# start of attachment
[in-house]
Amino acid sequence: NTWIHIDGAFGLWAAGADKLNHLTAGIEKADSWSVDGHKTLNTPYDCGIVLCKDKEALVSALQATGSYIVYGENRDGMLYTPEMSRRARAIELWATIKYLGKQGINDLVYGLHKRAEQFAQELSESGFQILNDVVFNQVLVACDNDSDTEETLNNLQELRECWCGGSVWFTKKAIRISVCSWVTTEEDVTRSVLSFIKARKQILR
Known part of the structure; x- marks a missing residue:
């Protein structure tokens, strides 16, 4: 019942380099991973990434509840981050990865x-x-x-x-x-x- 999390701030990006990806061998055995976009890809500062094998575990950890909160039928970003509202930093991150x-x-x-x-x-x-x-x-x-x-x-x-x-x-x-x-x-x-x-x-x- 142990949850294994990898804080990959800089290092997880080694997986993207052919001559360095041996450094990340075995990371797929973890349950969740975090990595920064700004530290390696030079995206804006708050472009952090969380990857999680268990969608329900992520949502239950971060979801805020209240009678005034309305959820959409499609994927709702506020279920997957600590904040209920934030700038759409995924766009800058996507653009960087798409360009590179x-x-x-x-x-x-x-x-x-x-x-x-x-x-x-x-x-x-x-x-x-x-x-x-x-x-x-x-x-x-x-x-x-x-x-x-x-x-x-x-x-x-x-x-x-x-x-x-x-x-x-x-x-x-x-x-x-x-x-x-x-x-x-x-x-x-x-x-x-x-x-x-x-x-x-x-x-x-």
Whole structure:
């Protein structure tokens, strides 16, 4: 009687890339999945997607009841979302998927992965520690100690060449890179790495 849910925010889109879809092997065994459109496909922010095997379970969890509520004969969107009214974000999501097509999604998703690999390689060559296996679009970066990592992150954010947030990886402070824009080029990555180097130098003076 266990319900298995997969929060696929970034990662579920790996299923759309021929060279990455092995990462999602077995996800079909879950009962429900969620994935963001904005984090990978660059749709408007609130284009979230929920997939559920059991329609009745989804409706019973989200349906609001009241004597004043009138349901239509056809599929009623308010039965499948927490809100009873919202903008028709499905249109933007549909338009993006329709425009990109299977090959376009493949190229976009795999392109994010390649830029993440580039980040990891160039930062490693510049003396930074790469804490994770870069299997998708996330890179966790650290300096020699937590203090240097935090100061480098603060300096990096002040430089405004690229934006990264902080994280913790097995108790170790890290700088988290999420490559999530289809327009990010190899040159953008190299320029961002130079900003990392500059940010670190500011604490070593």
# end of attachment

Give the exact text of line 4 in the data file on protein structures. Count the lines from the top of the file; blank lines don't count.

């Protein structure tokens, strides 16, 4: 019942380099991973990434509840981050990865x-x-x-x-x-x- 999390701030990006990806061998055995976009890809500062094998575990950890909160039928970003509202930093991150x-x-x-x-x-x-x-x-x-x-x-x-x-x-x-x-x-x-x-x-x- 142990949850294994990898804080990959800089290092997880080694997986993207052919001559360095041996450094990340075995990371797929973890349950969740975090990595920064700004530290390696030079995206804006708050472009952090969380990857999680268990969608329900992520949502239950971060979801805020209240009678005034309305959820959409499609994927709702506020279920997957600590904040209920934030700038759409995924766009800058996507653009960087798409360009590179x-x-x-x-x-x-x-x-x-x-x-x-x-x-x-x-x-x-x-x-x-x-x-x-x-x-x-x-x-x-x-x-x-x-x-x-x-x-x-x-x-x-x-x-x-x-x-x-x-x-x-x-x-x-x-x-x-x-x-x-x-x-x-x-x-x-x-x-x-x-x-x-x-x-x-x-x-x-």